CAMERA ACTION TIO ON
PHOTOGRAPHS S FROM THE SETS TS OF GREAT FILMS MS
Magnum: On Set State Library of NSW, Sydney, to June 23
WHEN people think of the French philosophes of the 18th century — the precursors of what we would now consider intellectuals rather than academic philosophers — they inevitably recall Voltaire, the acerbic and witty author of Candide (1759), or Jean-Jacques Rousseau, who wrote political works such as The Social Contract (1762) and a great treatise on education, Emile (1762), as well as revealing all the complexities of a exceptionally neurotic inner life in one of the most remarkable autobiographies written, the Confessions (1769; published posthumously in 1782).
But there is a third figure — Denis Diderot — who tends to be forgotten perhaps because many of his writings most admired by subsequent generations were published after his death. In his lifetime, he was best known as the editor of the monumental Encyclopedie, which came out in 28 volumes from 1751 to 1772: originally intended as a version of the earlier British Cyclopaedia (1728) published by Ephraim Chambers, the first modern reference work of this kind, it grew far beyond its initial brief and sought to epitomise, in words and copious large-scale technical plates, all human knowledge and technology from the university to the workshop. The enormous success of this project led in turn to the Encyclopedia Britannica, first published in Scotland from 1768.
Diderot ran into opposition from church authorities over the content of some of the articles in his great work, although fortunately for him the project was protected by the powerful and intellectual Comte d’Argenson, who was in effect the overseer of government censorship as well as minister of war. But some of his most daring philosophical and scientific hypotheses were proposed in texts that remained unpublished in his lifetime, such as the extraordinary Reve de d’Alembert, in which he imagines himself sitting by the bedside of his co-editor, a great mathematician, who is tossing in a fever and whose rambling hypotheses about the nature of life itself — reaching well beyond either church doctrine or scientific consensus at the time — conclude in an involuntary sexual climax.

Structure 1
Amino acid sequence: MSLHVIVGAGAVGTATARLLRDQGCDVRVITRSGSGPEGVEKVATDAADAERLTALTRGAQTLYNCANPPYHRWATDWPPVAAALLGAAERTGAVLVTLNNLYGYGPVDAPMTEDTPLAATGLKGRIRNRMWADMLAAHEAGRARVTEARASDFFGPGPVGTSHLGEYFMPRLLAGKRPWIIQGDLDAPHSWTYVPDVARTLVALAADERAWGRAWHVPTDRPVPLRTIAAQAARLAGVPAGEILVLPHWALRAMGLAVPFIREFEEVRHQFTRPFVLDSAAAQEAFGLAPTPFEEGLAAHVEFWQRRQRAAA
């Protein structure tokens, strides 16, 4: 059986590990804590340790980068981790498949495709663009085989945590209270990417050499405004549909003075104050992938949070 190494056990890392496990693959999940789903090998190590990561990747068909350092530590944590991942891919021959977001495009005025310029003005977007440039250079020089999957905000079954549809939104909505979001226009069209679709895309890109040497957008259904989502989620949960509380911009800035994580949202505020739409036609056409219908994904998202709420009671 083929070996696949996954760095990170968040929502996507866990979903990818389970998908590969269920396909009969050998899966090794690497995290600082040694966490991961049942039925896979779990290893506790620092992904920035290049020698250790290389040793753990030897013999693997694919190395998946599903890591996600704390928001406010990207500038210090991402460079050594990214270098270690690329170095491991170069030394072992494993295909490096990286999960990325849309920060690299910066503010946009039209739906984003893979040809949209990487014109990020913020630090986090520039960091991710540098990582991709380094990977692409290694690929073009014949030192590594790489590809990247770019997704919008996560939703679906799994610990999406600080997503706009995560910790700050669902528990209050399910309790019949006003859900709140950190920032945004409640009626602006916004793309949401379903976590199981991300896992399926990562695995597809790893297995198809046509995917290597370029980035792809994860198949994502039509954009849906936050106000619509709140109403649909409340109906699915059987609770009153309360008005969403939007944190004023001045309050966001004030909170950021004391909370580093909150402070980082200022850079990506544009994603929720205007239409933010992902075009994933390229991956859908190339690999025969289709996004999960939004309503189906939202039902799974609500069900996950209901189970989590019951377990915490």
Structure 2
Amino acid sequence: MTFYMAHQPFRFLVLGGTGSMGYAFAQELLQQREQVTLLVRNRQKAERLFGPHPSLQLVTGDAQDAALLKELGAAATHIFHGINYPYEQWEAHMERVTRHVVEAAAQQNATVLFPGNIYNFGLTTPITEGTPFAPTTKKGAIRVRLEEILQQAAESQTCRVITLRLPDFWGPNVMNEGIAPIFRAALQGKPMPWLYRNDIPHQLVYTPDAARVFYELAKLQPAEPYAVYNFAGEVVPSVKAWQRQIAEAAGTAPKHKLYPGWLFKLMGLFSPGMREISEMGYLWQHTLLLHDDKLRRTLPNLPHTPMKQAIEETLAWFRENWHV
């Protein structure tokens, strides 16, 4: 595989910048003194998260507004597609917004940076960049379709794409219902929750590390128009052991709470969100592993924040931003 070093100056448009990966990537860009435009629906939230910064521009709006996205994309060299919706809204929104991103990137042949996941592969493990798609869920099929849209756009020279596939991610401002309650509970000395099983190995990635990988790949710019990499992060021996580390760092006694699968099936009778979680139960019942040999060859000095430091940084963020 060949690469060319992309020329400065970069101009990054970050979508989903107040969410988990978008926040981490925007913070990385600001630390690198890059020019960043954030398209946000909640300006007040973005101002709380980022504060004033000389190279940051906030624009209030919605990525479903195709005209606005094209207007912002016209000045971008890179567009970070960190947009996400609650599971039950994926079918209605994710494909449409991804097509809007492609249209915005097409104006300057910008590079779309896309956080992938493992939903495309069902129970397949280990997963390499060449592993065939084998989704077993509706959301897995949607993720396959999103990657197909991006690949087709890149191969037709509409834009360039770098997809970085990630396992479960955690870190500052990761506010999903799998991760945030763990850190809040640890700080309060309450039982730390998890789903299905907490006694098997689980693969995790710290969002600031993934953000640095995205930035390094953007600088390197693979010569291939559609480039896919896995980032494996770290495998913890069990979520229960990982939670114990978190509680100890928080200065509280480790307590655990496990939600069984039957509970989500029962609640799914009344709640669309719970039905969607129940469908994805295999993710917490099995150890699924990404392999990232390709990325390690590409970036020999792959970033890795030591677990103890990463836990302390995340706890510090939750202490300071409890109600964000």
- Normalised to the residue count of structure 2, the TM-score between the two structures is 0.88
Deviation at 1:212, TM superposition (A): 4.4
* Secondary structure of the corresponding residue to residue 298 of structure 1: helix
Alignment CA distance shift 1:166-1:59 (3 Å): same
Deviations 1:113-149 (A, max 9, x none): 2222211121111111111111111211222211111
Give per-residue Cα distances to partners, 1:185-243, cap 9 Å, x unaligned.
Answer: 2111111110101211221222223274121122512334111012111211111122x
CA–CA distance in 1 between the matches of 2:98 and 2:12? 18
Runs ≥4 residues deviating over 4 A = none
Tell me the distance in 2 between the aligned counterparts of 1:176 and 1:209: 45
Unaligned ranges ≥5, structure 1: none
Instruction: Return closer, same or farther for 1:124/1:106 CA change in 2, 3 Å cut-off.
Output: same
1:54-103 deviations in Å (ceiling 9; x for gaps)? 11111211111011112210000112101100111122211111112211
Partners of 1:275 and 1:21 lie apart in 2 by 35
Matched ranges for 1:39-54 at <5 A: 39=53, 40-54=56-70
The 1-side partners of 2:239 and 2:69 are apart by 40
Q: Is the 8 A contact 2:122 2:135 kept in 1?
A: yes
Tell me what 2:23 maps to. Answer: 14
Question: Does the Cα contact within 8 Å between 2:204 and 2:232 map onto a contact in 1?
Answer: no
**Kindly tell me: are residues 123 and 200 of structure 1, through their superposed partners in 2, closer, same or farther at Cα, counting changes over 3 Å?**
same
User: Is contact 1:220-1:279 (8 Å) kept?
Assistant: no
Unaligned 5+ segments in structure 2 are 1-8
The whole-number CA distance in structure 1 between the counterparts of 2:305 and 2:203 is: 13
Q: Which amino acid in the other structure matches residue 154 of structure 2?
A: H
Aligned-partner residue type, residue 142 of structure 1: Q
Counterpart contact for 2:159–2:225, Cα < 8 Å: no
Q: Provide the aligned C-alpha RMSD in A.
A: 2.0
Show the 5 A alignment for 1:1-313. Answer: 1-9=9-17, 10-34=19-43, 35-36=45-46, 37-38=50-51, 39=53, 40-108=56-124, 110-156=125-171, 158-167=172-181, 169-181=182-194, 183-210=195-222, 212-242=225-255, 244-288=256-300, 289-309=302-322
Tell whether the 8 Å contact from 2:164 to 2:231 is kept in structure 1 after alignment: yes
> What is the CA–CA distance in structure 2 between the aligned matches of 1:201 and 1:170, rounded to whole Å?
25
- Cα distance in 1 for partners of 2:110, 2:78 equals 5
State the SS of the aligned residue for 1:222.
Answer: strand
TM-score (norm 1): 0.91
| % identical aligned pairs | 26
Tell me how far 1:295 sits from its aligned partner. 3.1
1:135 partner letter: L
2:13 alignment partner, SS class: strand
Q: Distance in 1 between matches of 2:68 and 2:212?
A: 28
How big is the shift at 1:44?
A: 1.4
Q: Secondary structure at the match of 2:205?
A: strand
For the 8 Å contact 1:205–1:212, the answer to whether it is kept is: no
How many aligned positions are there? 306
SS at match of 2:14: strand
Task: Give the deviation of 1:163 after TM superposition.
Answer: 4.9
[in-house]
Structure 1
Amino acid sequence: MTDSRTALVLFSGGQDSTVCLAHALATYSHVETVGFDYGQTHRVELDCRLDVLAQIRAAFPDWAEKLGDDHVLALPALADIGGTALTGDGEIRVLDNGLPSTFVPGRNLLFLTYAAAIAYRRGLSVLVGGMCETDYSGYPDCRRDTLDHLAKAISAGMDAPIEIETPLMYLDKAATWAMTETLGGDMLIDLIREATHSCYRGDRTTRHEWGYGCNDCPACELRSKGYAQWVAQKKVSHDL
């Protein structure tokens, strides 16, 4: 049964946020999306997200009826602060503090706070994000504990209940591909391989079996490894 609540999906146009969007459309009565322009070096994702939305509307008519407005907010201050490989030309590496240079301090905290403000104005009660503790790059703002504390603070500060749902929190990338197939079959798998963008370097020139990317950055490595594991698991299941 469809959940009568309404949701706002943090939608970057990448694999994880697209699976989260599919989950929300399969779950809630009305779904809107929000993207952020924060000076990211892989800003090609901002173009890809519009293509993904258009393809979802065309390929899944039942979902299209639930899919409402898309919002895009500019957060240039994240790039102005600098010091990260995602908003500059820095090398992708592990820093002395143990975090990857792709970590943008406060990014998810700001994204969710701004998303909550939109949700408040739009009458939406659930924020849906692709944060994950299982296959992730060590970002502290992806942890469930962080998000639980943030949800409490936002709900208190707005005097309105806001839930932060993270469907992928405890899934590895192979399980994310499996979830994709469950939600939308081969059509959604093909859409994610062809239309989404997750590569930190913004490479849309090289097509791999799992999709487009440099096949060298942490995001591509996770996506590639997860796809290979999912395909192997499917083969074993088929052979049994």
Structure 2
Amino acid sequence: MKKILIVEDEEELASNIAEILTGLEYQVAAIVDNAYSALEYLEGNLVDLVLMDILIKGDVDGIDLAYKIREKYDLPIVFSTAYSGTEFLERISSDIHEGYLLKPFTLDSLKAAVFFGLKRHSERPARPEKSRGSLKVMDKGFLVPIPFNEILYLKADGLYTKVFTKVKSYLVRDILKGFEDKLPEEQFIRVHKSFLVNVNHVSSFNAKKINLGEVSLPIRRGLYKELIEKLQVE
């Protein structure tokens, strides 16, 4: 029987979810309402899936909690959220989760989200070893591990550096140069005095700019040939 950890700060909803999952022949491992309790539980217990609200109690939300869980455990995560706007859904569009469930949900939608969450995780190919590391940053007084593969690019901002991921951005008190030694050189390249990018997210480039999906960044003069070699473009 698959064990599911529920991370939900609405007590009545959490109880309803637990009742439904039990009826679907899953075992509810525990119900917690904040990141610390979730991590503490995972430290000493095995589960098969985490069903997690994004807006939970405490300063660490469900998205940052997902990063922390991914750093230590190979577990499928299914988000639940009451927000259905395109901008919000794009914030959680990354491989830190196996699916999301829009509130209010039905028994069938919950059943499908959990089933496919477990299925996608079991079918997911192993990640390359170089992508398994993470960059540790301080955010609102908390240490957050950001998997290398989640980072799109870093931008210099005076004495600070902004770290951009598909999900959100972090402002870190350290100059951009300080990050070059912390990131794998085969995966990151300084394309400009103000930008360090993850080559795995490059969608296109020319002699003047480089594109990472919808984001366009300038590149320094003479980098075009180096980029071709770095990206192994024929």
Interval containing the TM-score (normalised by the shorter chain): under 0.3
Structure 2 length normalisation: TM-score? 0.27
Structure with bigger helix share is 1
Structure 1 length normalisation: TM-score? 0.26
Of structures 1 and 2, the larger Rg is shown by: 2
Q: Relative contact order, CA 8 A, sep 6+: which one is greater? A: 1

Diderot was also the forerunner of modern art criticism and was able to write unprecedentedly frank and witty as well as insightful commentary on the contemporary Salon exhibitions because the pieces appeared in a private newsletter, Grimm’s Correspondance litteraire (1753-90), so private indeed that it was circulated in manuscript form to a handful of central and eastern European monarchs who were its exclusive and strictly confidential subscriber base. Again, it was only when these reviews were published after the author’s death that they attracted the interest of Goethe and other great minds of the next generation.
And yet another work that fascinated these later readers was the Paradoxe sur le comedien.
This is the first modern treatise on the art of the actor, although it is less a manual than an attempt to correct a general misapprehension about performance, and to suggest a theory about how the actor makes an impression on an audience. The paradox of the title refers to Diderot’s refutation of what was then, as it no doubt still is now, a common misunderstanding about the actor’s art.
People assume when an actor plays a character who is angry, for example, he must himself be angry at the time. But in reality, as Diderot shows, the actor is almost certainly not really angry at all, and indeed if he were he would not be able to perform properly, concentrate on directing his voice into the auditorium, recall the blocking of the scene, etcetera. Nor is it his own anger, distress, love and so forth that he plays; for often he is called on to play an emotion that he has never known at this pitch of intensity.
Constantin Stanislavski — and the later school of method acting — would later reply that an actor uses the emotions that he has experienced, but only as the starting point for an act of imaginative creation.
Similar questions, incidentally, have arisen in the theories of writing and painting. Does an author have to be sad when writing a tragic scene, for example? But in any case the art of the actor is to feign, imagine and represent the